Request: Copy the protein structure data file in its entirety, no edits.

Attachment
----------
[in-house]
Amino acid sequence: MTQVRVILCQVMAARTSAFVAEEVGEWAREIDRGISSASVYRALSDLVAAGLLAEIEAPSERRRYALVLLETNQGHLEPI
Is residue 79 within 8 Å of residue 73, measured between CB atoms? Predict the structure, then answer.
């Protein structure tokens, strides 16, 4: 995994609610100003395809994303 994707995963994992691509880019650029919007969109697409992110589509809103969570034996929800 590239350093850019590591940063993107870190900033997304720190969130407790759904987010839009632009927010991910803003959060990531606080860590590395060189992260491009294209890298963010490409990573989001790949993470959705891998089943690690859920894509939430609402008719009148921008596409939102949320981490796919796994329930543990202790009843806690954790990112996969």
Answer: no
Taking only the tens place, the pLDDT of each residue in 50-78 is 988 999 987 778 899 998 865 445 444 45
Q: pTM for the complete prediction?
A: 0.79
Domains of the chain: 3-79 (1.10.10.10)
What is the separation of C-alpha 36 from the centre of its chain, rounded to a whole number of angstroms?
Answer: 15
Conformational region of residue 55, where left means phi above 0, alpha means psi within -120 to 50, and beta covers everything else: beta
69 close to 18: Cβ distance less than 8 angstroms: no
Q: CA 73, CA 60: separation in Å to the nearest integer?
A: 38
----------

[in-house]
Amino acid sequence: MTQVRVILCQVMAARTSAFVAEEVGEWAREIDRGISSASVYRALSDLVAAGLLAEIEAPSERRRYALVLLETNQGHLEPI
Is residue 79 within 8 Å of residue 73, measured between CB atoms? Predict the structure, then answer.
């Protein structure tokens, strides 16, 4: 995994609610100003395809994303 994707995963994992691509880019650029919007969109697409992110589509809103969570034996929800 590239350093850019590591940063993107870190900033997304720190969130407790759904987010839009632009927010991910803003959060990531606080860590590395060189992260491009294209890298963010490409990573989001790949993470959705891998089943690690859920894509939430609402008719009148921008596409939102949320981490796919796994329930543990202790009843806690954790990112996969």
Answer: no
Taking only the tens place, the pLDDT of each residue in 50-78 is 988 999 987 778 899 998 865 445 444 45
Q: pTM for the complete prediction?
A: 0.79
Domains of the chain: 3-79 (1.10.10.10)
What is the separation of C-alpha 36 from the centre of its chain, rounded to a whole number of angstroms?
Answer: 15
Conformational region of residue 55, where left means phi above 0, alpha means psi within -120 to 50, and beta covers everything else: beta
69 close to 18: Cβ distance less than 8 angstroms: no
Q: CA 73, CA 60: separation in Å to the nearest integer?
A: 38